Eating Disorders are painful. Not only for the individual with the disorder, but also for those that love and care about the ones involved.

It usually takes time to develop an eating disorder, where it gradually happens over time. It’s not a choice. No one wakes up one morning and thinks they are going to start an eating disorder. It’s not a diet. It’s a mental health issue, which are always touchy subjects.

According to ANAD, the National Association of Anorexia Nervosa and Associated Disorders, there are at least 30 million individuals in the US suffering from eating disorders between all ages and genders. The ANAD goes on to mention 1 person dies every hour and 2 minutes from an eating disorder. It’s the largest leading cause of death from mental illness. It’s scary to think that it’s the leading cause of mental illness deaths in a country that has a love for food.

Eating disorders like any other mental illness is not a one size fits all. The two most recognized forms of eating disorders are anorexia and bulimia. But those aren’t the only kinds of eating disorders. There are more and they have no prejudice on those that are affected.

There are more than the disorders that will be mentioned, but here are the 5 with the most research. Which is scary to think an eating disorder is “new” or “emerging” and still being researched on people suffering.

1 – Anorexia

This is one of the most well -known eating disorders. It is characterized as simply not eating enough food. To some it may sound crazy, but having suffered anorexia, it’s not crazy; it’s just sometimes what the disorder leads to.

So, why do some people not eat enough food? It could be for a number of reasons. And it’s important to understand that each reason has a personal story behind it. It’s not “just because” or for “fun”.  Some of the “researched” or shared reasons are fear of gaining weight and self-esteem over body image.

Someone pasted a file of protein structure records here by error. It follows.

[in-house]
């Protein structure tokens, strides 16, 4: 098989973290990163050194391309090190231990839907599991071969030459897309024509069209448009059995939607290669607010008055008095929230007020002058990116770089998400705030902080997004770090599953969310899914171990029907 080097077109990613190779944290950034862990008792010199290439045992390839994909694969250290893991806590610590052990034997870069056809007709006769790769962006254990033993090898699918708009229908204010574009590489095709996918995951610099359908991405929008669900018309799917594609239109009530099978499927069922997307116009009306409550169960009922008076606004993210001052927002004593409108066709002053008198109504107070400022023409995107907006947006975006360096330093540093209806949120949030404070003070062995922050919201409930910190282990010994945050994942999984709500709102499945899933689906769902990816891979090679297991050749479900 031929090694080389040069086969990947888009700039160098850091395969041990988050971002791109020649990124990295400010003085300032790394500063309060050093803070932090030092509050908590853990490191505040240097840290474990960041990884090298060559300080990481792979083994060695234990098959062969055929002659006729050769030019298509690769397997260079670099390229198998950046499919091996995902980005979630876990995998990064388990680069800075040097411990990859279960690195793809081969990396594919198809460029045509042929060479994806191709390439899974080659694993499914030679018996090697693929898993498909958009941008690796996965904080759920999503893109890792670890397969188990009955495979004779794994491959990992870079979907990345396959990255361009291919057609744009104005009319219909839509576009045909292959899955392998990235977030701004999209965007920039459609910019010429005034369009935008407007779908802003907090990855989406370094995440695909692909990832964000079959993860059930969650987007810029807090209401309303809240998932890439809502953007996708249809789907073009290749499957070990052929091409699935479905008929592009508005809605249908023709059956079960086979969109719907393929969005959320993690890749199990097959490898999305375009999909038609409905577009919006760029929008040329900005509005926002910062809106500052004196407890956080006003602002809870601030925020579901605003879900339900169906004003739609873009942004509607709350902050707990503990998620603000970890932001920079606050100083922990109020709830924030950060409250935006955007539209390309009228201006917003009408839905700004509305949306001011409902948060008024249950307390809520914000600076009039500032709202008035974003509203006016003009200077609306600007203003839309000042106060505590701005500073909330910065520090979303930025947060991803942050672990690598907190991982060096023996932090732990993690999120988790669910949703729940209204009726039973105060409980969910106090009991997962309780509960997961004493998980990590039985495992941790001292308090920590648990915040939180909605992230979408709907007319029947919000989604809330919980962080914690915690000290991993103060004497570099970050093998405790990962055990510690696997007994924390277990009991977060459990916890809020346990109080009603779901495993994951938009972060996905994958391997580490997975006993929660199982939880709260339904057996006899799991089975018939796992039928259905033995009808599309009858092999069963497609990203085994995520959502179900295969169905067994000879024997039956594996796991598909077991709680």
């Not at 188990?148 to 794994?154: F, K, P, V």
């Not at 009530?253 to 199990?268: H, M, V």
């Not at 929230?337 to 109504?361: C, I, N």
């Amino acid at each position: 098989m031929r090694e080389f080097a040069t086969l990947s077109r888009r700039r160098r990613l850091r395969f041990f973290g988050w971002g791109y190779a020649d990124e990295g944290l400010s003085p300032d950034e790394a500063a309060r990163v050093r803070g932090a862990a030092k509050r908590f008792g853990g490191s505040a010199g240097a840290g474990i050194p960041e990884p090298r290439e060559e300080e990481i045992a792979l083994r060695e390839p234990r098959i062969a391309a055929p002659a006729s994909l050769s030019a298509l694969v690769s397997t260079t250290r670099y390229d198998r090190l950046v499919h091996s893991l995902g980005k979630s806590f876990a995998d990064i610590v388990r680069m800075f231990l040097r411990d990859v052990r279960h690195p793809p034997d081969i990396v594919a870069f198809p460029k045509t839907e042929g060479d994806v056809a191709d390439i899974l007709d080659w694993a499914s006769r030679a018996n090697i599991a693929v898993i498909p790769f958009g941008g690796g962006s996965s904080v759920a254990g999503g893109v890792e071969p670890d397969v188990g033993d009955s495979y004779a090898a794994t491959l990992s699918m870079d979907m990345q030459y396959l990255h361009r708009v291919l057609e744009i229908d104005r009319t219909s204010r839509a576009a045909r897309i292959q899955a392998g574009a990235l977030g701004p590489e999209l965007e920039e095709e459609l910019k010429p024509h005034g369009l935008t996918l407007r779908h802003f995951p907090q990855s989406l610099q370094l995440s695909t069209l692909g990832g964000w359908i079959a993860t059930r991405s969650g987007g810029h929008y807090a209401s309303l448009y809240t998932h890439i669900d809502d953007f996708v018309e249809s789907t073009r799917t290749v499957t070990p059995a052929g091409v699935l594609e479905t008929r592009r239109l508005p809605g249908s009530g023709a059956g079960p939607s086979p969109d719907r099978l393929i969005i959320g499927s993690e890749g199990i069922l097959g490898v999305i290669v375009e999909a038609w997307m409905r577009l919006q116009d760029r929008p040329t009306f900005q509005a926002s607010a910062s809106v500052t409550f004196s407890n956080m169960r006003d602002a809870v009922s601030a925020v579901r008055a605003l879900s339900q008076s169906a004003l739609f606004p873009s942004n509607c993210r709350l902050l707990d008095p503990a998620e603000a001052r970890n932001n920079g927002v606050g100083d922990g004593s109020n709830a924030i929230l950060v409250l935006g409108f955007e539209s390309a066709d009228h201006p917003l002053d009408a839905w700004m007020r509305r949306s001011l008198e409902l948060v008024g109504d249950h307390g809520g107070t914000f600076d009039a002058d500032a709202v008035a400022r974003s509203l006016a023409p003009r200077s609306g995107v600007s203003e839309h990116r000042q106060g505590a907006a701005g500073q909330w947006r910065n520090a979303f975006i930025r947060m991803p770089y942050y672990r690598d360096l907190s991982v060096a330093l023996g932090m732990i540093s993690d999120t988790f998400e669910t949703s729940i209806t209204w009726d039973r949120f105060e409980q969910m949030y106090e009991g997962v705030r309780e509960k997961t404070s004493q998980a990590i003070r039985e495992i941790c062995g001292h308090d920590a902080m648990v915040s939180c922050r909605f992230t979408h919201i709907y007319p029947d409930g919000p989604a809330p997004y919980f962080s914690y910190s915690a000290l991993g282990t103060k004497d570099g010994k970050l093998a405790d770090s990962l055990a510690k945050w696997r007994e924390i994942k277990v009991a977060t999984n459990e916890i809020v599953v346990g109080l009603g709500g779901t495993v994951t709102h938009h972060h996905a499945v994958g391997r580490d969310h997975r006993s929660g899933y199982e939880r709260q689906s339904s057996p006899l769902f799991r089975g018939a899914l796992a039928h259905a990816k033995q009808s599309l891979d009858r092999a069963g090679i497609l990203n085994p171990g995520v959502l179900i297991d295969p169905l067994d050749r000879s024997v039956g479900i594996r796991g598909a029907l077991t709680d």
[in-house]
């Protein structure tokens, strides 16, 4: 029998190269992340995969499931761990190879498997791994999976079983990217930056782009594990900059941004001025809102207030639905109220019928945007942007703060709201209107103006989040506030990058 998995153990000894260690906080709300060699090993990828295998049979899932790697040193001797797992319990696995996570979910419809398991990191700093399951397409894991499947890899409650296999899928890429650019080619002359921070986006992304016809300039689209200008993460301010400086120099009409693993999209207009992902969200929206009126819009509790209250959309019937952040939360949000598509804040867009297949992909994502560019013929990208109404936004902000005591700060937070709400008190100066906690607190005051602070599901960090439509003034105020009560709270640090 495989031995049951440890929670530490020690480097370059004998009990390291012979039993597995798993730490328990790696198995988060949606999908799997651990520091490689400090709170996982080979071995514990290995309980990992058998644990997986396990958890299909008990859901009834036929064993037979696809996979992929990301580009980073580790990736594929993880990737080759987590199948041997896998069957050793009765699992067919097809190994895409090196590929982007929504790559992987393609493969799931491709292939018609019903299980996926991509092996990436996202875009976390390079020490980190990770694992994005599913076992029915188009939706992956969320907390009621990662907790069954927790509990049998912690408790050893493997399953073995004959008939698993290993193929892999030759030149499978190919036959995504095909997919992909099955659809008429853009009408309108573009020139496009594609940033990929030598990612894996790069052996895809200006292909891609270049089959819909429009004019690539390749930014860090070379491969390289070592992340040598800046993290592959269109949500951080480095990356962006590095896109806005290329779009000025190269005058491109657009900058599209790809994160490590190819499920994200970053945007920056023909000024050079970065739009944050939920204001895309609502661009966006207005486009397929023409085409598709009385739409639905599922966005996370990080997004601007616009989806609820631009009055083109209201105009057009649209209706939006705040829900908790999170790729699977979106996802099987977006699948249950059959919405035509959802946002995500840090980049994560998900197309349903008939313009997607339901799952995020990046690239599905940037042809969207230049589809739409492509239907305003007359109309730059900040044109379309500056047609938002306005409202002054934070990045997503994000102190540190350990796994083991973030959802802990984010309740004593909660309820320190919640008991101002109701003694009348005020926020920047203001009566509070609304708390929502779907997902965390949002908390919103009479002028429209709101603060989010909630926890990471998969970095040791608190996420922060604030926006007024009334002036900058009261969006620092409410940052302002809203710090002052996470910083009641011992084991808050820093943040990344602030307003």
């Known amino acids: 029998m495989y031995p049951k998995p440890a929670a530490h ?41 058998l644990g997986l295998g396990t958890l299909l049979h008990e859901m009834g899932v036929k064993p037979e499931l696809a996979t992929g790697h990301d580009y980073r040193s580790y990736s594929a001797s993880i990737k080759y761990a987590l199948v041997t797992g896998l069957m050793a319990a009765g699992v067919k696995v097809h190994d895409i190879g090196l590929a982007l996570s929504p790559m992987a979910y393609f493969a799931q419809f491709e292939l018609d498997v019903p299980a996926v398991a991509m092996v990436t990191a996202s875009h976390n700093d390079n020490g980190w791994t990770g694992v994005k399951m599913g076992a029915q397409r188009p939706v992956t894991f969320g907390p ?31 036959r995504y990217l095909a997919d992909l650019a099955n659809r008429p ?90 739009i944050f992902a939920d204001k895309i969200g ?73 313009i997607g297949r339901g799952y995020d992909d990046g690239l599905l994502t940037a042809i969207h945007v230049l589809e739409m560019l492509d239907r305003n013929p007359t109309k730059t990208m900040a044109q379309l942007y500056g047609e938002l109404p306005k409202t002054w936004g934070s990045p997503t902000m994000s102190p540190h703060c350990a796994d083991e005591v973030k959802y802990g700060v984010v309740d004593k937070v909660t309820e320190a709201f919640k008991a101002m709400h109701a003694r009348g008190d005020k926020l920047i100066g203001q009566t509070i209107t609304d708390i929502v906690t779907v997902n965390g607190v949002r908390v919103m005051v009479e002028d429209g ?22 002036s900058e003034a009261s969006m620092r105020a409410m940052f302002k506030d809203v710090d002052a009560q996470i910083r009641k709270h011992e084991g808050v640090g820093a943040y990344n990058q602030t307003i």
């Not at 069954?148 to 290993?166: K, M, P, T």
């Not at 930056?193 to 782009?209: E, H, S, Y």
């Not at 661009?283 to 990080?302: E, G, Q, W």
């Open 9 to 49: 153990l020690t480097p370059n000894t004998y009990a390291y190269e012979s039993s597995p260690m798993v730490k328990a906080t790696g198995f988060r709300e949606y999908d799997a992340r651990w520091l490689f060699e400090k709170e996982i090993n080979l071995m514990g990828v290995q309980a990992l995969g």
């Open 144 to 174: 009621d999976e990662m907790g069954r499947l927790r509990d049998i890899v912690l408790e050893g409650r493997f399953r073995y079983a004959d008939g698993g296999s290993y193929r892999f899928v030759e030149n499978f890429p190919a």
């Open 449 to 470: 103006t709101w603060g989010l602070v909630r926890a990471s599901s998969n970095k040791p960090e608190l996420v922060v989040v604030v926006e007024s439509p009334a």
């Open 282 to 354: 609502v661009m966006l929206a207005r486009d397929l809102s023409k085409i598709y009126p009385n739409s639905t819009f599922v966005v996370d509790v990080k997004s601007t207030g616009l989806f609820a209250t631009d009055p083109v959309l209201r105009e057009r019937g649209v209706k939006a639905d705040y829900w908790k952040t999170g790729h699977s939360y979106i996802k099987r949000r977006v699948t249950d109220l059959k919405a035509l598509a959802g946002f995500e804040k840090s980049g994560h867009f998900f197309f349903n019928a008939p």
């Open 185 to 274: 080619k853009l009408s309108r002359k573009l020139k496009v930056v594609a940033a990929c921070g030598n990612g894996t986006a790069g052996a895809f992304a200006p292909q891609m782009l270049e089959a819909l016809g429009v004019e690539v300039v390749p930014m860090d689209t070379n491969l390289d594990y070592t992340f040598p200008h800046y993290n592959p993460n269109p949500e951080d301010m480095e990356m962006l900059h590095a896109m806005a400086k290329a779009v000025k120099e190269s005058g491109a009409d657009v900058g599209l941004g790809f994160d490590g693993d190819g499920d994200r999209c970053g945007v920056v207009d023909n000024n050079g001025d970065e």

There are also subtypes to anorexia, which are the binge-eating/purging type and restricting type. Binge-eating and purging anorexia are in regards to binging and then getting rid of it in the last few months. Restricting anorexia is what you allow yourself to intake and does not include binging or purging.

2 – Bulimia

Bulimia is one of the first eating disorders that comes to mind on the subject. It is characterized by excessive eating or indulgence followed by forced vomiting to remove the food.  The act of self-inducing vomiting is to control that uncontrollable period of binge or excessive eating. It’s for control.

As with anorexia, many that suffer from bulimia do so out of fear of weight gain or because of their self-esteem over their body image.

3 – Binge Eating

Binge eating is another eating disorder and shares some characteristics as bulimia, but without the vomiting by choice. It’s excessive consumption of food. The act of binge eating makes the individual suffering from the disorder feel unable to control the intake of food, which leads to feelings of shame and embarrassment.

Some indications of a binge eating disorder that is not normal or out of control are eating by oneself from shame or embarrassment about the actions, eating until one is uncomfortable or extremely full, or eating from boredom, such as when not hungry.

4 – Avoidant/ Restrictive Disorder

This disorder is similar to that “picky eating” phase for children. Accept you don’t grow out of it. As the name explains it’s avoiding certain foods or types of foods and restricting diet to or from a food group. But it’s not just like, not liking vegetables or fruits or other foods. Its avoidance and restricting so much that you become under nourished.

Avoidant or Restrictive intake eating disorders are more common in guys than females.

5 – Diabulimia

This type of eating disorder affects individuals with a specific medical condition, Type 1 Diabetes. It’s not necessarily controlled by eating or food, but instead by insulin, which is a necessary. Individuals suffering from this form of eating disorder don’t get themselves the necessary dosage of insulin, usually under dosing, to help control weight.

Conclusion

Eating disorders are a form of control. Control of what we eat or don’t eat or the risks individuals take to control our size/ weight. Self-esteem judged by numbers on a scale or size on clothing labels.

But the biggest takeaway you should have is knowing that an eating disorder is not a choice. It’s a mental illness. No one decides one day that they want to start an eating disorder “diet.”


Camille is one of the content writers and Mental Health & Lifestyle Editor for Tribe Twenty One. She is a freelance writer and has her Bachelor’s in Marketing and Master’s in Organizational Communications from Southeastern Louisiana University.

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